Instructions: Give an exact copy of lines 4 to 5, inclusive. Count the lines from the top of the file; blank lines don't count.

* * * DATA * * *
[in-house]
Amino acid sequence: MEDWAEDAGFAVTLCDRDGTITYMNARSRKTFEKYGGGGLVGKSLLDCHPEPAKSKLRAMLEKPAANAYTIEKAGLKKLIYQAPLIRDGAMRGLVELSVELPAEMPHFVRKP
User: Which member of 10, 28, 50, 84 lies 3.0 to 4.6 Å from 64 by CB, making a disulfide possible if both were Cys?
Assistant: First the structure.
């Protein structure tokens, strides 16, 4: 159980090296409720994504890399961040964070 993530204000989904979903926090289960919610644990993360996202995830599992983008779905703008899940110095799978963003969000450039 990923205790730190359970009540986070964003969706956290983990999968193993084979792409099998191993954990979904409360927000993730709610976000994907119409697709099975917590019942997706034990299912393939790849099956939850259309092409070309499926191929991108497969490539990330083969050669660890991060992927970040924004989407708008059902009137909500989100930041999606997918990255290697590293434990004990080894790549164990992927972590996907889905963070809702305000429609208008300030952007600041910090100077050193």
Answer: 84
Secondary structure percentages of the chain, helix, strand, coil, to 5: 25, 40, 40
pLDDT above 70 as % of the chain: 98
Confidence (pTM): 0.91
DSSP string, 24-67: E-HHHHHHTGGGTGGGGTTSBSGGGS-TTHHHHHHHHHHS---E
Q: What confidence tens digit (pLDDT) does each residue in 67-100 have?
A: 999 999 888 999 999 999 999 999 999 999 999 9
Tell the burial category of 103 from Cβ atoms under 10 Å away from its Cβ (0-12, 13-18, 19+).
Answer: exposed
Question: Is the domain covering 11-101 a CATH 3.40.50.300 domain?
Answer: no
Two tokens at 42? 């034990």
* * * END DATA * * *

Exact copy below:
Assistant: First the structure.
């Protein structure tokens, strides 16, 4: 159980090296409720994504890399961040964070 993530204000989904979903926090289960919610644990993360996202995830599992983008779905703008899940110095799978963003969000450039 990923205790730190359970009540986070964003969706956290983990999968193993084979792409099998191993954990979904409360927000993730709610976000994907119409697709099975917590019942997706034990299912393939790849099956939850259309092409070309499926191929991108497969490539990330083969050669660890991060992927970040924004989407708008059902009137909500989100930041999606997918990255290697590293434990004990080894790549164990992927972590996907889905963070809702305000429609208008300030952007600041910090100077050193």